Review: The Shadow Queen

The Shadow Queen - C.J. Redwine

[I received a copy of this book through Edelweiss, in exchange for an honest review.]

It's been a while I received it, back when it was still an ARC, so I won't comment about formatting and the few typos I found. It happens.

I'd deem it a decent “Snow White” retelling, in that it keeps its main themes (evil queen, princess fleeing in the forest, hunter sent to take her heart and coming back with an animal's heart...) but thankfully veers away from the typical princess-in-distress trope—that one can get boring and tiring when there's nothing else to the princess than “I'm pretty and in distress”. Lorelai had to learn to fend for herself, growing up in exile and always on the move, while also learning responsibility: towards the kingdom she has to reclaim one day, and towards her little brother Leo, whom she was entrusted to protect by her dying father. One may argue that if reclaiming the throne was so important, she'd have done it sooner; however, she was a child at the time, and waiting until she's 17 is more logical than lame. In spite of what Gabril tells her at some point, I don't think you should go fighting when you obviously have no chance of winning: it wouldn't achieve anything in the end, except making you die before your time and ruining your people's hopes. So I'm totally OK with that.

(I was less OK with what prompted Lorelai to more action, that is, one of the characters falling under the enemy's blows. It was a funny character, whom I'd have liked to read more about, and it felt more like a cheap ploy than an appropriate “motivator”. Maybe that's just me.)

So we have Lorelai, Leo and Gabril, and then Kol, Trugg and Jyn, the Draconi (half-human, half-dragons) trying to save their kingdom. To do so, Kol bargains with Irina, the Evil Queen, and that doesn't end well for him. Naive and foolish little prince and princess, thinking they can deceive a deceiver. Ah, but something had to go wrong, right?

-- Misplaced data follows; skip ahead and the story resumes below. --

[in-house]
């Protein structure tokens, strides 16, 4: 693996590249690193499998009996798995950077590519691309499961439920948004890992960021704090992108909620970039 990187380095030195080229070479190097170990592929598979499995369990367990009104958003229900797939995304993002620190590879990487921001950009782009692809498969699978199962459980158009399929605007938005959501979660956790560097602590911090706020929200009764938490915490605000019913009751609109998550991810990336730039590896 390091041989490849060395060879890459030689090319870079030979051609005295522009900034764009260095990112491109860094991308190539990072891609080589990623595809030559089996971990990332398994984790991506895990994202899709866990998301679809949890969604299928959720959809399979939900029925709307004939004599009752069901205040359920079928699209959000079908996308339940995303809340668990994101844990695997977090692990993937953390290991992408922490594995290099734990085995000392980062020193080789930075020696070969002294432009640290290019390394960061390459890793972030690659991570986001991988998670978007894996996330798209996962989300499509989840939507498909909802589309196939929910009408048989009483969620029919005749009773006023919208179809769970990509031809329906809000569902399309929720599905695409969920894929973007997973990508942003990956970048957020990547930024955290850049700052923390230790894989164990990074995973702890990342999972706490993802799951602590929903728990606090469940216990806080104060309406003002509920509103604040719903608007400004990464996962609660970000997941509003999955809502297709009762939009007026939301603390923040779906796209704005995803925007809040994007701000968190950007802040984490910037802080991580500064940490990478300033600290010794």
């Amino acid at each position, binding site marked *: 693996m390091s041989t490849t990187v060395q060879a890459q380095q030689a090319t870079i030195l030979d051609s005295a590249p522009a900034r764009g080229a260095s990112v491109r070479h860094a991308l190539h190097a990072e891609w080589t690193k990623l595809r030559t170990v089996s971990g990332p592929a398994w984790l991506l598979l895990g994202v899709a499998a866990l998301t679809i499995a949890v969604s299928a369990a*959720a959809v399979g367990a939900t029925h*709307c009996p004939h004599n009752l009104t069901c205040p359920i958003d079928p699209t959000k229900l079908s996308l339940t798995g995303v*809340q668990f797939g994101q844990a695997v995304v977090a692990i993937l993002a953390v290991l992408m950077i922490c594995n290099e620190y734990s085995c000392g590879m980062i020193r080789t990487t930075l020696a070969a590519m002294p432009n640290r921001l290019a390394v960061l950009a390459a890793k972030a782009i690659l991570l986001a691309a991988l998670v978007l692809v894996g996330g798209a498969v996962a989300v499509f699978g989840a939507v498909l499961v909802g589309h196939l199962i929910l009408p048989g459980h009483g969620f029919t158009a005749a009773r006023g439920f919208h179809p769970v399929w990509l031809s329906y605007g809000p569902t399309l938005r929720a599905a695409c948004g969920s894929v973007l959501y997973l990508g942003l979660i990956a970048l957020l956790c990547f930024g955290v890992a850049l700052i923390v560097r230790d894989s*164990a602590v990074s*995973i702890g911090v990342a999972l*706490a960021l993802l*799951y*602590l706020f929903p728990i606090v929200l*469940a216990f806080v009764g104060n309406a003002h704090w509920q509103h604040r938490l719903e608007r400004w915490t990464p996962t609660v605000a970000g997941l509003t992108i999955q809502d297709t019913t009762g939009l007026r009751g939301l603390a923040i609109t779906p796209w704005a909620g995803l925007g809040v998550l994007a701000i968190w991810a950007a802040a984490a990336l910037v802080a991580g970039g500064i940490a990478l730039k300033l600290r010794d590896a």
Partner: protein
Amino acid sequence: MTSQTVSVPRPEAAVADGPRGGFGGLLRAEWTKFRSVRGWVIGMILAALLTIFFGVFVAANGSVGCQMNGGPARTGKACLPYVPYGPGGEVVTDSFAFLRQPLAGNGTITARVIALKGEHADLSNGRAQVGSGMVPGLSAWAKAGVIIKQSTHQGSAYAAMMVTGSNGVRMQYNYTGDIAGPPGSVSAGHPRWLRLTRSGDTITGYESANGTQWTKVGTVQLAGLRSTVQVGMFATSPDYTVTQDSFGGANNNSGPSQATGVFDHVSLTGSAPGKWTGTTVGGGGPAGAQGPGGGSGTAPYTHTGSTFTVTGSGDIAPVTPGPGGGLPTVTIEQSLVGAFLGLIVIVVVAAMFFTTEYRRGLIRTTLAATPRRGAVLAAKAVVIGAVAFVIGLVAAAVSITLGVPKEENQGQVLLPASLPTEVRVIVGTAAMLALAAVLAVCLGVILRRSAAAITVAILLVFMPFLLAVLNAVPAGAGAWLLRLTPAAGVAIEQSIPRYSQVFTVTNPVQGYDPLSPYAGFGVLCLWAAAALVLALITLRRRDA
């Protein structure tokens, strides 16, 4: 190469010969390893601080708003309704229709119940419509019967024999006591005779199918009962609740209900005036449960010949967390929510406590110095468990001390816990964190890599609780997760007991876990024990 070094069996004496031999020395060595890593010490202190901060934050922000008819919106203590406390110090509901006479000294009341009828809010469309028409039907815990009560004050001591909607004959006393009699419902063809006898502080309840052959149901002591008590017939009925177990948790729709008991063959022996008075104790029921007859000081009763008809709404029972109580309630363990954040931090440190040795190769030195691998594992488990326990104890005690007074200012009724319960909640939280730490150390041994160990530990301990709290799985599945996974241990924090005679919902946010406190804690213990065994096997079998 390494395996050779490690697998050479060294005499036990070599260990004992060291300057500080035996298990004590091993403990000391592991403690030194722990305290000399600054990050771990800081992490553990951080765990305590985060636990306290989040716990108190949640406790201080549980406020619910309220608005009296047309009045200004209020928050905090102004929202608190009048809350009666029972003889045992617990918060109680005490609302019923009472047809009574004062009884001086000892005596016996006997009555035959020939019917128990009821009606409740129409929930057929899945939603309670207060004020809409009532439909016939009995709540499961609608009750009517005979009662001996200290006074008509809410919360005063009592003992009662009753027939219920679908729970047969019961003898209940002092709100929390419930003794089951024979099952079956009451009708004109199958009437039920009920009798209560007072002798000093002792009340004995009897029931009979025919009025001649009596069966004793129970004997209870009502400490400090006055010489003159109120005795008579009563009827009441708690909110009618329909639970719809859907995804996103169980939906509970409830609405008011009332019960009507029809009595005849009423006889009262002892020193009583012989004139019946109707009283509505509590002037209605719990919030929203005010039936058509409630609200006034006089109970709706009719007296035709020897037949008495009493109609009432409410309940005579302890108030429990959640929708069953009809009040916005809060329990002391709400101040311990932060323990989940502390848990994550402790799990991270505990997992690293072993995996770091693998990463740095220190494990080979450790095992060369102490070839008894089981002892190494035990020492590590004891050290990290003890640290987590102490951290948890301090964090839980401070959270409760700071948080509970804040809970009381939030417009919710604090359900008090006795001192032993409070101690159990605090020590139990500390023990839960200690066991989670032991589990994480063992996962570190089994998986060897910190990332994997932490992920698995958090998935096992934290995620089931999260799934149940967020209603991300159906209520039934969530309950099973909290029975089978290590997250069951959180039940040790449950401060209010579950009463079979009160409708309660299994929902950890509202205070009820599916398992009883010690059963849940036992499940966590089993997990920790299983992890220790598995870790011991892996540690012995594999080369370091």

As expected (and in a way, it's good, because unsufferable characters who don't grow up are annoying), Lorelai has to take action, accept to use her magic instead of always hiding, and to wage war upon Irina. Her plans weren't terribly twisted, but they weren't the most idiotic ones either, as they mostly made sense: risky, yet calculated, and clearly aimed at weakening the enemy. Lorelai has a strategist's streak, and she doesn't attack anything or anywhere just for the sake of attacking.

I liked that Irina was made more of an evil character whose side of the story is never shown: she had her reasons, and we get a glimpses of them. Unfortunately, I had come to expect more in that regard, and in the end it was never truly “explained”—or, rather, her motives were explained on the surface, but I didn't feel them as tangible, as something she really suffered for. There was jealousy, and her certainty of having been let down by her family, and wanting to reclaim what she saw as her own. There was a dilemma, too, as she had to choose between power and people. However, the latter went too fast, was decided too quickly. It was an important turning point of sorts, and as such, it would've deserved more screen time? I mean, if it's about explaining a villain's motives, might as well go all the way.

The writing was OK, not exceptional. The characters had their good sides, and were brave, but they don't really float above many other characters, they didn't left me with much of an impression. I didn't care about the romance, which was close to insta-love. In spite of a lot of action, it felt somewhat boring at times. Overall it was alright, but nothing original or eye-opening in the end.